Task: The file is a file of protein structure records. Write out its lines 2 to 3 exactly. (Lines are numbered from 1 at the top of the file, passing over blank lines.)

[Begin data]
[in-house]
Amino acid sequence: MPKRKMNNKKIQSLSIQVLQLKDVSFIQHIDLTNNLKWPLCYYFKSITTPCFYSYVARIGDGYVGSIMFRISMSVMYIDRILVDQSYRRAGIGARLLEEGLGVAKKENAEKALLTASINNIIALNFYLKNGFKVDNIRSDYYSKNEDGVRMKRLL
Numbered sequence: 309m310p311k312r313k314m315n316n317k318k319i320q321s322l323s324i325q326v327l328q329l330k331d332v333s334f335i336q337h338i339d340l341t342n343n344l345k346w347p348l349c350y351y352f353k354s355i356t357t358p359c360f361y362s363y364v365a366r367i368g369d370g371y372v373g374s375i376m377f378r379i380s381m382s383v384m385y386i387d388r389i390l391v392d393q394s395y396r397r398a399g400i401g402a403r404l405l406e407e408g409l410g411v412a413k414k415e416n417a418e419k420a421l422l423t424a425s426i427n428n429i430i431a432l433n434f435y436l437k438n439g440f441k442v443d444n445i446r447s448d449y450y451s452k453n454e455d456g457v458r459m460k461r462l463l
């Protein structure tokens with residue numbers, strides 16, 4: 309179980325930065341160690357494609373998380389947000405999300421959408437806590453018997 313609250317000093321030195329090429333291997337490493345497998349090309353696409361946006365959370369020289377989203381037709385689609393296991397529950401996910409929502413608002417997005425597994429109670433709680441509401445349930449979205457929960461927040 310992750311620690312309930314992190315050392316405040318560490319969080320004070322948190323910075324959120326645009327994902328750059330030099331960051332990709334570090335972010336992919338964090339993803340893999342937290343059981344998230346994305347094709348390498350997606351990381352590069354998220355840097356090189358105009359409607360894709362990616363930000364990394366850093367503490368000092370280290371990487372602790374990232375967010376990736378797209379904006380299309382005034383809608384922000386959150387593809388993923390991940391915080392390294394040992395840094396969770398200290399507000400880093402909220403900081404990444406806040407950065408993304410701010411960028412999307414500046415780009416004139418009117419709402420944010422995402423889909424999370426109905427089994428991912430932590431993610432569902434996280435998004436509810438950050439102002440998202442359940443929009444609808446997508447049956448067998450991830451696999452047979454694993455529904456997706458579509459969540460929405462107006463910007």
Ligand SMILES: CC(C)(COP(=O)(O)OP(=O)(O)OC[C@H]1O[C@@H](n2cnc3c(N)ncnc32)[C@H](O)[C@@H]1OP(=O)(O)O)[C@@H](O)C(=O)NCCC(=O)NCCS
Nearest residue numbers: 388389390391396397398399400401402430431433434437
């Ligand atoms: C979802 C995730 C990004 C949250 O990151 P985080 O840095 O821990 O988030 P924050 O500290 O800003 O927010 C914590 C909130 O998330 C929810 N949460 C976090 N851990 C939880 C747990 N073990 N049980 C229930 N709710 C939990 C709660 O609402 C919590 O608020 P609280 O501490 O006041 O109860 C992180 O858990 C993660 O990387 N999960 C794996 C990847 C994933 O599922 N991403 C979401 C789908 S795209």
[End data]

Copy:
Amino acid sequence: MPKRKMNNKKIQSLSIQVLQLKDVSFIQHIDLTNNLKWPLCYYFKSITTPCFYSYVARIGDGYVGSIMFRISMSVMYIDRILVDQSYRRAGIGARLLEEGLGVAKKENAEKALLTASINNIIALNFYLKNGFKVDNIRSDYYSKNEDGVRMKRLL
Numbered sequence: 309m310p311k312r313k314m315n316n317k318k319i320q321s322l323s324i325q326v327l328q329l330k331d332v333s334f335i336q337h338i339d340l341t342n343n344l345k346w347p348l349c350y351y352f353k354s355i356t357t358p359c360f361y362s363y364v365a366r367i368g369d370g371y372v373g374s375i376m377f378r379i380s381m382s383v384m385y386i387d388r389i390l391v392d393q394s395y396r397r398a399g400i401g402a403r404l405l406e407e408g409l410g411v412a413k414k415e416n417a418e419k420a421l422l423t424a425s426i427n428n429i430i431a432l433n434f435y436l437k438n439g440f441k442v443d444n445i446r447s448d449y450y451s452k453n454e455d456g457v458r459m460k461r462l463l